Role of microRNA-4458 in patients with non-small-cell lung cancer

  • Authors:
    • Lidao Bao
    • Linlin Wang
    • Guomin Wei
    • Yuehong Wang
    • Gerile Wuyun
    • Agula Bo
  • View Affiliations

  • Published online on: September 22, 2016     https://doi.org/10.3892/ol.2016.5176
  • Pages: 3958-3966
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Abstract

Incidence and progression of non-small-cell lung cancer (NSCLC) is a multi-factor, multi-step process. The present study investigated the association between the expression level of microRNA (miR)‑4458 in NSCLC and paracarcinoma liver tissues and survival rates, and studied the biological functions of miR‑4458 at the cellular and protein level. NSCLC and paracarcinoma tissues were sequenced using a miR expression chip. The association between miR‑4458 expression and tumor‑node‑metastasis staging, total survival rate and relapse‑free survival rate was analyzed. miR‑4458 was subjected to target gene prediction. The target protein of cyclin D1 (CCND1) was verified with western blot analysis, immunohistochemistry and a luciferase reporter assay. The relative level of miR‑4458 in paracarcinoma tissues of 9 NSCLC patients decreased from 2.38 to 0.65 (P<0.001). Total five‑year survival rates of the high‑expression miR‑4458 group (29.21%) significantly exceeded that of the low‑expression group (14.37%) (P=0.025). The viability of human lung carcinoma A549 and H460 cells transfected with miR‑4458 decreased significantly compared with cells transfected with a normal control (blank control plasmid) within 72 h (P<0.001). The percentage of A549 and H460 cells transfected with a miR‑4458 mimic at the cell cycle stage G0/G1 was 69.94±8.05 and 68.15±7.75%, respectively. The percentages increased significantly compared with the control group (46.06±6.93 for A549 cells; 45.22±7.24 for H640 cells; P<0.001). CCND1 mRNA was downregulated significantly in H460 cells 72 h subsequent to the addition of miR‑4458 mimics (P<0.001). The activity of mutant‑CCND1 altered slightly, while the fluorescence intensity of the wild‑type‑CCND1 group decreased significantly following the addition of miR‑4458 mimics. In conclusion, miR‑4458 was expressed at low levels in lung cancer tissues, and it arrested cells in vitro at stage G0/G1 and inhibited cell proliferation. Therefore, miR‑4458 may participate in the onset of lung cancer as a suppressor gene by inhibiting CCND1.

Introduction

An unstable genome is an important characteristic of cancer cells, and gene expression between cancerous and non-cancerous tissues is significantly different (1). Approximately one half of microRNA (miR) genes are distributed at unstable sites of the genome, including fragile sites of chromatin and cleavage sites (2,3). There is a significant difference in the expression level of miRs in cancerous tissue and normal tissue (4). Based on their diversity and wide distribution throughout the genome, miRs may serve as an important tumor diagnostic method (5).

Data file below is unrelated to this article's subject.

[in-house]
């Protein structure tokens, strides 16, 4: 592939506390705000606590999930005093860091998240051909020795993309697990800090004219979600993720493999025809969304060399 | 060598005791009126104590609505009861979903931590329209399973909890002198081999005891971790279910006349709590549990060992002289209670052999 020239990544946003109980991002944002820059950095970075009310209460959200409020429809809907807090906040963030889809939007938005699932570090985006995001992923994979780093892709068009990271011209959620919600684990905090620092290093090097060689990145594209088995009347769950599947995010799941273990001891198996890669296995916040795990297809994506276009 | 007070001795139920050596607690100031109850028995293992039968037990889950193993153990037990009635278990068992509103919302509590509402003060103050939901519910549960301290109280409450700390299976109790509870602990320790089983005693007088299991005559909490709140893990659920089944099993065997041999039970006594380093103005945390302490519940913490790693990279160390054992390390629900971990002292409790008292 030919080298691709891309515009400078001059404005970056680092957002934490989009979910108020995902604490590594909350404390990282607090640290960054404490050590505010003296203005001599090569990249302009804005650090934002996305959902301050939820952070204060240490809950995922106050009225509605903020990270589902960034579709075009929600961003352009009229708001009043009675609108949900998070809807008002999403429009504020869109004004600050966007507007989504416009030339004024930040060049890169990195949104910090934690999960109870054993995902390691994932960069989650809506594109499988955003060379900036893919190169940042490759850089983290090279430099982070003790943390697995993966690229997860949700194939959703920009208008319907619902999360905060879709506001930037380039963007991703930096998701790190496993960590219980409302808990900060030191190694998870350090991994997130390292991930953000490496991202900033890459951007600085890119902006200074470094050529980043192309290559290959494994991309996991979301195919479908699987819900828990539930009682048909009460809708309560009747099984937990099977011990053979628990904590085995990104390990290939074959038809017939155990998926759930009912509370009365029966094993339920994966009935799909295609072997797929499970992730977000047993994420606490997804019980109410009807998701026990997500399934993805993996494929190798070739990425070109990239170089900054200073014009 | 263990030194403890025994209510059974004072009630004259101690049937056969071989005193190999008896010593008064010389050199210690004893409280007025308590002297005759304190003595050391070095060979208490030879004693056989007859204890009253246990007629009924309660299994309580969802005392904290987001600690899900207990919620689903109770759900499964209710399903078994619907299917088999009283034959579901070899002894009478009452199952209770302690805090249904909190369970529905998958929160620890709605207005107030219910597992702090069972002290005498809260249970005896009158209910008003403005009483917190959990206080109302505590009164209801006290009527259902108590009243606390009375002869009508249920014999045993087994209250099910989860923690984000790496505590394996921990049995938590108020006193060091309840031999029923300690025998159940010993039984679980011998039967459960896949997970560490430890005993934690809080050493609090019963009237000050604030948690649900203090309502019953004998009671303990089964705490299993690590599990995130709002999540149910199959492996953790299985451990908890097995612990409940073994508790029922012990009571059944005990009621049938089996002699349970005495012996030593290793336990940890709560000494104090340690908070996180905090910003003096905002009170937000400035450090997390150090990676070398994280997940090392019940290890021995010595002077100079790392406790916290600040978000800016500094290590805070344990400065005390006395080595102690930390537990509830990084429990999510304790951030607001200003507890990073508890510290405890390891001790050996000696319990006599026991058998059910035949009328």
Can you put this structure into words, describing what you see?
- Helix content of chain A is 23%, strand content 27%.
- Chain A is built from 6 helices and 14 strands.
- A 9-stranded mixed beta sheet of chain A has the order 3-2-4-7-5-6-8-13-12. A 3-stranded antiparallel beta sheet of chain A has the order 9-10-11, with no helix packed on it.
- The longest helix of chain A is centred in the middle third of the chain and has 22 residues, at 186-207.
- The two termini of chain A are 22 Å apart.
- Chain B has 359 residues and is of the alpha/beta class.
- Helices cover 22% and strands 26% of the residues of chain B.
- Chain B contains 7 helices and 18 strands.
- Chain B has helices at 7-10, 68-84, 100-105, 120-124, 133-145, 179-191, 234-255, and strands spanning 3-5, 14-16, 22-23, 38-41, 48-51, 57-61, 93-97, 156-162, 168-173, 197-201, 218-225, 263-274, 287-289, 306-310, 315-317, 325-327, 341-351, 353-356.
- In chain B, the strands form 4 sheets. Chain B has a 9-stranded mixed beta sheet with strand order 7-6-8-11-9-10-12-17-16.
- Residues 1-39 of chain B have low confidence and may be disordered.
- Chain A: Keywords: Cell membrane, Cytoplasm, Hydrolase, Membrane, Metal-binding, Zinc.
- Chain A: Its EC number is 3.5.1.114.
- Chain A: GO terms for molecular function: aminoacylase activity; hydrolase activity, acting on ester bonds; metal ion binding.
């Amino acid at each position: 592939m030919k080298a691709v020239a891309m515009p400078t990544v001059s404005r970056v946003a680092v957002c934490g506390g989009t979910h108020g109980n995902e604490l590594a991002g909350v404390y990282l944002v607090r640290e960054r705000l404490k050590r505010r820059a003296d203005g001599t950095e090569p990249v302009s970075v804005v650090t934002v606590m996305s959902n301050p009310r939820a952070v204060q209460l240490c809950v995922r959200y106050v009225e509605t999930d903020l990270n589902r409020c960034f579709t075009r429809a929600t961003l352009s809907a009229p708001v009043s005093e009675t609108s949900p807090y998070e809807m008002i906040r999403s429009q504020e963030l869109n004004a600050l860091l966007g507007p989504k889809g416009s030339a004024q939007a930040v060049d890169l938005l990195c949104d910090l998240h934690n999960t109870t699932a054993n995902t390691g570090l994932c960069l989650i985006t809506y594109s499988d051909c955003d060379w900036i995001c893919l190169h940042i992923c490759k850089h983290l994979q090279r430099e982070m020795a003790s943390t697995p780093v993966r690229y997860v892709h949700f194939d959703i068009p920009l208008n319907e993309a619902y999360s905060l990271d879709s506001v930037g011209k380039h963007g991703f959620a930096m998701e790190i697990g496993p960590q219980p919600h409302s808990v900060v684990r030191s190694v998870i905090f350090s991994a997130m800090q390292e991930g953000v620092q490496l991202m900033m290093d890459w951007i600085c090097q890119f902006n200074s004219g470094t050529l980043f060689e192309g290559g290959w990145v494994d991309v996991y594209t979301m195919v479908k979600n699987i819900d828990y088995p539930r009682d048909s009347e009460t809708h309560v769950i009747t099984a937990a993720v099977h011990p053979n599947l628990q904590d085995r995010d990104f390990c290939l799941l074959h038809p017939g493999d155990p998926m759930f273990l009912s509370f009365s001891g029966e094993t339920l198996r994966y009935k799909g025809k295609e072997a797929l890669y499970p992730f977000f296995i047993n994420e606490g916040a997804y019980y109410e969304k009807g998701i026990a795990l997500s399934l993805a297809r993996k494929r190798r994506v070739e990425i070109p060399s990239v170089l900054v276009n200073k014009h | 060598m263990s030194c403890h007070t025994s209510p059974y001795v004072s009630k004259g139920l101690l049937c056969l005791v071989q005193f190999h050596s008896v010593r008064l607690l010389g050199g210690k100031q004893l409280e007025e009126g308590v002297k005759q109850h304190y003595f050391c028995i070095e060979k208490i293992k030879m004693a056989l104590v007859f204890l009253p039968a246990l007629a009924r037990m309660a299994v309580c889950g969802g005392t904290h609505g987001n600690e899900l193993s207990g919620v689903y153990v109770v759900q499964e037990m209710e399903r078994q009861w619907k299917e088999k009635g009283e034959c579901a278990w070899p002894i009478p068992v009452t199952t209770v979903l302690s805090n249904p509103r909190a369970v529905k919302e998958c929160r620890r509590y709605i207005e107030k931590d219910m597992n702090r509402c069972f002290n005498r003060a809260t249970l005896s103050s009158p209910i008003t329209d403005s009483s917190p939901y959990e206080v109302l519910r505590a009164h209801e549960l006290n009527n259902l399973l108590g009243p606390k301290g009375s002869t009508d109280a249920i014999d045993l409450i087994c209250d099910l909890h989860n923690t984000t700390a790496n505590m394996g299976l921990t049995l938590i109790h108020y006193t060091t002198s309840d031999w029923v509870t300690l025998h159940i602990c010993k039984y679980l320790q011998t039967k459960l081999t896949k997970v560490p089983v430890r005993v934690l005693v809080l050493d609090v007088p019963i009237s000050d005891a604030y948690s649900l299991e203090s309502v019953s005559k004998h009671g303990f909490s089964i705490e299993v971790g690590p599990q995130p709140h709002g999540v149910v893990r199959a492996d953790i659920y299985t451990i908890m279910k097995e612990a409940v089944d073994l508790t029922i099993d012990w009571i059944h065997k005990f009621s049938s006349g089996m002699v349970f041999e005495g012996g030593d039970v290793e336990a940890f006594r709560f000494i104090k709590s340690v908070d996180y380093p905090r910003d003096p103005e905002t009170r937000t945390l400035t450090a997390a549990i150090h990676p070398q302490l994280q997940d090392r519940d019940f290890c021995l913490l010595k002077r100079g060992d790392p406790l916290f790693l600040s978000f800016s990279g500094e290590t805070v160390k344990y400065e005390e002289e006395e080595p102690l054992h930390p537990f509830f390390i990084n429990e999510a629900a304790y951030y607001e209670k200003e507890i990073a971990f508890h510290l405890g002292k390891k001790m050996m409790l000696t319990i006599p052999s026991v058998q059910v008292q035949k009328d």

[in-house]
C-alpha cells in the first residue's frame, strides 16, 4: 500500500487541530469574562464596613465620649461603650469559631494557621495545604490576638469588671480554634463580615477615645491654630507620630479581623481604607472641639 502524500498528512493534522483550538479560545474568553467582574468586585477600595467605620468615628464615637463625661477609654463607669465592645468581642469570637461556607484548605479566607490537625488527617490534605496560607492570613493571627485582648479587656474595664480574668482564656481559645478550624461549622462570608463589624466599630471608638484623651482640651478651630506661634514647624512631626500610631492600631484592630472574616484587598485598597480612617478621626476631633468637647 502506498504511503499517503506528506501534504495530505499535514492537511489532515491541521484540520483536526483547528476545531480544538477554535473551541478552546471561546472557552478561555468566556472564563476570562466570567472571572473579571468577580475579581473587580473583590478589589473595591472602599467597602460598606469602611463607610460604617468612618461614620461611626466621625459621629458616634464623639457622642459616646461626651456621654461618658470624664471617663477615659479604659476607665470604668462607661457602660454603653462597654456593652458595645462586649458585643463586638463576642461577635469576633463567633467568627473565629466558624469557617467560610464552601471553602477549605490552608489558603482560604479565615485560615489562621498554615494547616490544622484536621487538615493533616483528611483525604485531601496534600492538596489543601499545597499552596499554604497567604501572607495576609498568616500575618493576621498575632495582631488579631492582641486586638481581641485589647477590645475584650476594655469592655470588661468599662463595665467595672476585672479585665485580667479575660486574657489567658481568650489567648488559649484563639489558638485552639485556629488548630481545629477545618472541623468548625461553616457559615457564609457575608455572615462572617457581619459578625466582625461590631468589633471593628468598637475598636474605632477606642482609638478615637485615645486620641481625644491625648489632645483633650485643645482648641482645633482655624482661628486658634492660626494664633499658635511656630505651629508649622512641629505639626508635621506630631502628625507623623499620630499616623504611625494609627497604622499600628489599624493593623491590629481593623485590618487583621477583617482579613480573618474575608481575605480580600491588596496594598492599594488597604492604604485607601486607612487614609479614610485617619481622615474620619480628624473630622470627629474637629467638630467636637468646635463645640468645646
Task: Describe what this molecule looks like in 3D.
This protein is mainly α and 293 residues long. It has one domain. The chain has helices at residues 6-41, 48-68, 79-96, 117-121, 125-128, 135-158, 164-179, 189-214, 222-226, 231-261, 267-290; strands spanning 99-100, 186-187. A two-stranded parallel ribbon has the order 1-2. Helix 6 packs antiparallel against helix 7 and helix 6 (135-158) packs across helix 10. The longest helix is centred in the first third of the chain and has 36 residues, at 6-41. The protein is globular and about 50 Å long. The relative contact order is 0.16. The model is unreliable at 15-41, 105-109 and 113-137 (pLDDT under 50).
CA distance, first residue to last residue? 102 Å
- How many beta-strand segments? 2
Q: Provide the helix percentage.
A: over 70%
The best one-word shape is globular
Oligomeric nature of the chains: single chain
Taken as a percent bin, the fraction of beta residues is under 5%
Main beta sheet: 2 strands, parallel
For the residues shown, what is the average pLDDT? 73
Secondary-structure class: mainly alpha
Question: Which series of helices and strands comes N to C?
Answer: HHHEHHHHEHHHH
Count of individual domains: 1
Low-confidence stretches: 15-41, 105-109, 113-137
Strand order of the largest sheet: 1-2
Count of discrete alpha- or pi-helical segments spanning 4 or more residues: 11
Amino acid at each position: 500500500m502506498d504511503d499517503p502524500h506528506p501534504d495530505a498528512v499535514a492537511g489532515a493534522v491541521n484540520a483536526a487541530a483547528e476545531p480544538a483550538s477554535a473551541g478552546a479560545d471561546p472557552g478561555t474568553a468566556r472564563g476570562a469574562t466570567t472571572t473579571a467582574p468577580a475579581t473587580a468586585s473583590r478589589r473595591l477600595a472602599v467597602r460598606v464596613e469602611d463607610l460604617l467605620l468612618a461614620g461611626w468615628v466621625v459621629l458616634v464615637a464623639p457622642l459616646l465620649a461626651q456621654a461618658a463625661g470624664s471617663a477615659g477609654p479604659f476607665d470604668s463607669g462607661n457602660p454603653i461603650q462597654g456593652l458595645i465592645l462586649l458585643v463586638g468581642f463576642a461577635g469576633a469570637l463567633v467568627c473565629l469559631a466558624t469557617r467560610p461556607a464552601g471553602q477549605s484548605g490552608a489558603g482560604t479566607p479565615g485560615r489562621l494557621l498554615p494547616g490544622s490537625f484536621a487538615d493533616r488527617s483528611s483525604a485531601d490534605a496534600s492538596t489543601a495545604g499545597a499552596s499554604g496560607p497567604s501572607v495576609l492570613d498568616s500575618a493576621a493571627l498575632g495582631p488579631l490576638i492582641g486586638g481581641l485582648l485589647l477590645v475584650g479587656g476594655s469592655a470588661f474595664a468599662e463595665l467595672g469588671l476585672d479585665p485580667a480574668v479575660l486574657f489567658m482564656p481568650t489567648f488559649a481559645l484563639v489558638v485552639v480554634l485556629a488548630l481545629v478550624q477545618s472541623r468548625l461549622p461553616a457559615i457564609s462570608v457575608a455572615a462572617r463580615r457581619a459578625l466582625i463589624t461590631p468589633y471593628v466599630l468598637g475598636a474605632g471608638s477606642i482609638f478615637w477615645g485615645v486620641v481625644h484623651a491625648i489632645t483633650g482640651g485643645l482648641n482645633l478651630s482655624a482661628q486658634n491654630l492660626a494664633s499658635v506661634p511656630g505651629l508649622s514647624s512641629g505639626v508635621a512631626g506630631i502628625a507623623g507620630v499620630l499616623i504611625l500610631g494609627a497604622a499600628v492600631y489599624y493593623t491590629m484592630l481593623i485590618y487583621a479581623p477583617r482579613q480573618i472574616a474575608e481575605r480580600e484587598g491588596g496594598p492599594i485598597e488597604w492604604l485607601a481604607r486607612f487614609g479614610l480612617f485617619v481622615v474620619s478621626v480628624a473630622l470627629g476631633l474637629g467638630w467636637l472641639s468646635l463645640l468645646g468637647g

Lung cancer has the highest mortality rate worldwide at 92%, and 80% of lung cancer cases are non-small-cell lung cancer (NSCLCs) (6). Although early-stage diagnostic techniques, chemotherapy and other targeted therapies are improving, the 5-year survival rate of NSCLC remains low at 6% (7). The incidence and progression of lung cancer is a multi-factor and multi-step complex process (8). Numerous miRs have roles as oncogenes or cancer suppressor genes in lung cancer cells, and there has been a great deal of investigation concerning the role of miRs in lung cancer; miR17-29 cluster, miR-31, miR-26a, miR-107, miR-185, miR-let-7 and miR-29a are all associated with the onset of lung cancer (915). These findings indicate that miRs are critical in the incidence and progression of lung cancer.

Currently, antitumor drugs specific to the cell cycle, including colchicine and taxol, demonstrate poor specificity to tumor cells and possess side-effects, including toxicity (16). In addition, antitumor drugs are liable to the development of drug resistance, which restricts clinical treatment (17). Therefore, treatment methods that target specific cell signaling pathways require investigation, and studies have identified novel targets for targeted therapy of tumor molecules, including the regulation of miRs (18,19). Therefore, miRs provide a novel method for treating malignant tumors, and it has been observed that treating cancer by regulating the level of miRs in the cancerous cells is possible (20). The present study investigated miRs in human lung cancer and paracarcinoma tissue using the miRchip technique (21), and investigated if the expression levels of miRs were associated with lung cancer cells in vitro using quantitative polymerase chain reaction (qPCR). In addition, the present study investigated the biological functions of the potential target gene of miR-4458 in combination with cellular proliferation and cell cycle assays, and therefore preliminarily explained the role of miR-4458 in the onset of lung cancer.